And you don’t look to Wolfe any more than you look to other science fiction for characterization. I don’t think that’s the particular strength. What you do look for is a kind of a sense of the world. And in Wolfe, in particular, he provides this real understanding of how it is that the workings of society, and interestingly, conservative understanding of the workings of society.

I think of him almost as being Proust in reverse. Proust is describing a world in which the modern world is overtaking aristocracy. And that clearly is one of the great problems of Proust, what is happening on the social level. You have all of these aristocratic understandings: the Merovingian, all of these histories, all of these castles, all of this wonderful art, and they are being replaced by the modern world with its telephones, with its electric lighting, and so on.

And how do you think about this? How would you try to preserve what was happening in the past? What Wolfe does, which I think is an extraordinarily interesting thing, which would be impossible for anybody who is not a science fiction writer, is to take that and to reverse this and to imagine a world in which modernity has disappeared.

Recommended!

Comments

I've commented on this in other posts, so I'll say it again. The power (yes...power) of 4chan is wildly underestimated.

Its superficial (very superficial but also very useful) anonymity, daily unique visitor number, predictable static (allows you to cut through the 95% of the stuff that doesn't deserve your attention), lack of stupid up/down votes, through-put speed (unique posts per unit time), attention paid by institutions (yes...they're watching), and broad user base - and user skill - make it in my opinion one of the most unique web destinations on internet.

Not everything that grows in a petri dish is pretty. But it is sometimes informative. Not everything said by lunatics standing on milk-crates in Central Park is worth listening to...except sometimes it is.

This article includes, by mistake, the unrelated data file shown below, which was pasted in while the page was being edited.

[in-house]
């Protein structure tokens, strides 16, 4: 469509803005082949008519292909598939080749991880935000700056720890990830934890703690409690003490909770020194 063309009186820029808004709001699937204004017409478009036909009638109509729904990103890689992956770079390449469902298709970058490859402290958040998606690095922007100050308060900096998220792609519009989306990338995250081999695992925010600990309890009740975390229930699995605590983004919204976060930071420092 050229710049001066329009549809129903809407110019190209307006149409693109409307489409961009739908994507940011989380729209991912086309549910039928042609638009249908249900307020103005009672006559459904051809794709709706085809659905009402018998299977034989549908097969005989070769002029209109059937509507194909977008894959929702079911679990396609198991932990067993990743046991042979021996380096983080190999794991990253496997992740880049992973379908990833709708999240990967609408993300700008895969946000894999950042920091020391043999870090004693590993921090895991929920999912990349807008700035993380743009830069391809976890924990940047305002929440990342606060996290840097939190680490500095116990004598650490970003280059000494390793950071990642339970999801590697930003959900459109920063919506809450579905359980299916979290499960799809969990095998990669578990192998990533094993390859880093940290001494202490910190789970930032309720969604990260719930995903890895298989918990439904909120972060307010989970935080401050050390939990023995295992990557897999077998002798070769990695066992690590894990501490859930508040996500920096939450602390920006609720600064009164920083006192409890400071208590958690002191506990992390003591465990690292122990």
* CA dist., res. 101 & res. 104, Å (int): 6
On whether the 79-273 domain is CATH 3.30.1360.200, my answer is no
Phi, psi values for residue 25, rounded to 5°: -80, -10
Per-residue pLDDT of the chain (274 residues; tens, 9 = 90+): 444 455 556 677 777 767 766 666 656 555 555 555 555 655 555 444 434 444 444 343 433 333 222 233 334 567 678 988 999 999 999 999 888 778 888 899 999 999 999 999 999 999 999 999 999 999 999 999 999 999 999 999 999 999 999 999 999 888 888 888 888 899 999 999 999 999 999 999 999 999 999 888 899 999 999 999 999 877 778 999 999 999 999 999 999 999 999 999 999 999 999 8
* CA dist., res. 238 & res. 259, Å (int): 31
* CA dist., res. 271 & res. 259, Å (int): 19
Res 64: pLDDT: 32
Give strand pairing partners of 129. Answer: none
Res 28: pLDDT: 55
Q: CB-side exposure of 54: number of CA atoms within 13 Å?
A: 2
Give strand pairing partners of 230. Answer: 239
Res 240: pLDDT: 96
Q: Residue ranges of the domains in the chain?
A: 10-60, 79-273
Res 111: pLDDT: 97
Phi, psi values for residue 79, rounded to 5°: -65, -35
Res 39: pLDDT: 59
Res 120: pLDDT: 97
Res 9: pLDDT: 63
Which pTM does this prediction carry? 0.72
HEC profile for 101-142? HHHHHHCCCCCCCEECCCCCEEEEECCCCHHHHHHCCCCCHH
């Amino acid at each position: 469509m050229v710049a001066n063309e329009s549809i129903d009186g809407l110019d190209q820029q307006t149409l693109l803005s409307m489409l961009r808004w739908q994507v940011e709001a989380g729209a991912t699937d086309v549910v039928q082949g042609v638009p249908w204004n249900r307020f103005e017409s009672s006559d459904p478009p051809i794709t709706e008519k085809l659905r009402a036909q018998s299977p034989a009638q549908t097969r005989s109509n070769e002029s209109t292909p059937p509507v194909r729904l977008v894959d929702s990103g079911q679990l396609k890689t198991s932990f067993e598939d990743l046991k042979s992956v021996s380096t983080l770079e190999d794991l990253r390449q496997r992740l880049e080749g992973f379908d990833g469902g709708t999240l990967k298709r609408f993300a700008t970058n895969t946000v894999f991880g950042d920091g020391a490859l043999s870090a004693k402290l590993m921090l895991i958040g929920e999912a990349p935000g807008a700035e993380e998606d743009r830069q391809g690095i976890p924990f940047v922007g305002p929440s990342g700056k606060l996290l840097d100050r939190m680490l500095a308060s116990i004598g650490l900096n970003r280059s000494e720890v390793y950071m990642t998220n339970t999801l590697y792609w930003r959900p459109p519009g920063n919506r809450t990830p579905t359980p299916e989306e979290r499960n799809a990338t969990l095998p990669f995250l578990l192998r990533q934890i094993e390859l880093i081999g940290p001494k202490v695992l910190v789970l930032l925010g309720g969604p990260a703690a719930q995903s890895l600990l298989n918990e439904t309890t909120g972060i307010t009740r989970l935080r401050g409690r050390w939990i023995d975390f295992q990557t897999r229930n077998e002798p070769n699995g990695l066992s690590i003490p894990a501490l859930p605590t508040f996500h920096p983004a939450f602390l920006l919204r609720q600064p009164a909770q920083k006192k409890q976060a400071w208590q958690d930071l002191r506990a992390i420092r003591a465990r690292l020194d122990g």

I pay a visit each day some web pages and information sites to read posts, however this weblog gives quality based articles.|

Respond

Add Comment

Respond

Add Comment

Testing

Respond

Add Comment

Very reasonable comments by Farrell on Huawei. It's ironic that we are having a discussion about the security risk of Huawei while our president spends much of his time revealing state secrets to friends and foe alike. He's too ignorant and narcissistic to realize it, but Trump is following the policy of balance of power: both sides know each other's state secrets so neither side has an advantage, thus reducing the risk of warfare. Would Trump's supporters acknowledge this genius of the candidate who came into office on the promise that he would out negotiate our adversaries not surrender to them.

"what the US government is currently doing is considering using its control of supply networks in order to try to block Huawei because Huawei relies substantially on chips which are made by companies like Qualcomm. "

"which is going to make people in the defense establishment very unhappy because they see Huawei as a long-term threat, because they fear that the 5G network that has been constructed around the world could be used by Huawei to give China access to people’s communications in more or less the same way as the NSA was able to help the United States listen in on the world for a number of years."

I thought the irony is that Qualcomm chips allow the NSA to spy on 5G users globally when installed in US telecom gear makers, so they must be denied to Huawei to prevent China using Qualcomm chips to spy on 5G users globally when the chips are installed in Chinese made gear.

Of course, 5G being an international standard overseen by the UN, this is to be expected:

"With big fanfare, Huawei launched what it claims is the world’s first flagship 5G system on chip (SoC), the Kirin 990 5G, a 10.3 billion transistor chip manufactured in a TSMC 7nm+ EUV process and supporting both non-standalone (NSA) and standalone (SA) radio architectures simultaneously. The chip will be a key feature of the Huawei Mate 30 phone launching in a couple of weeks."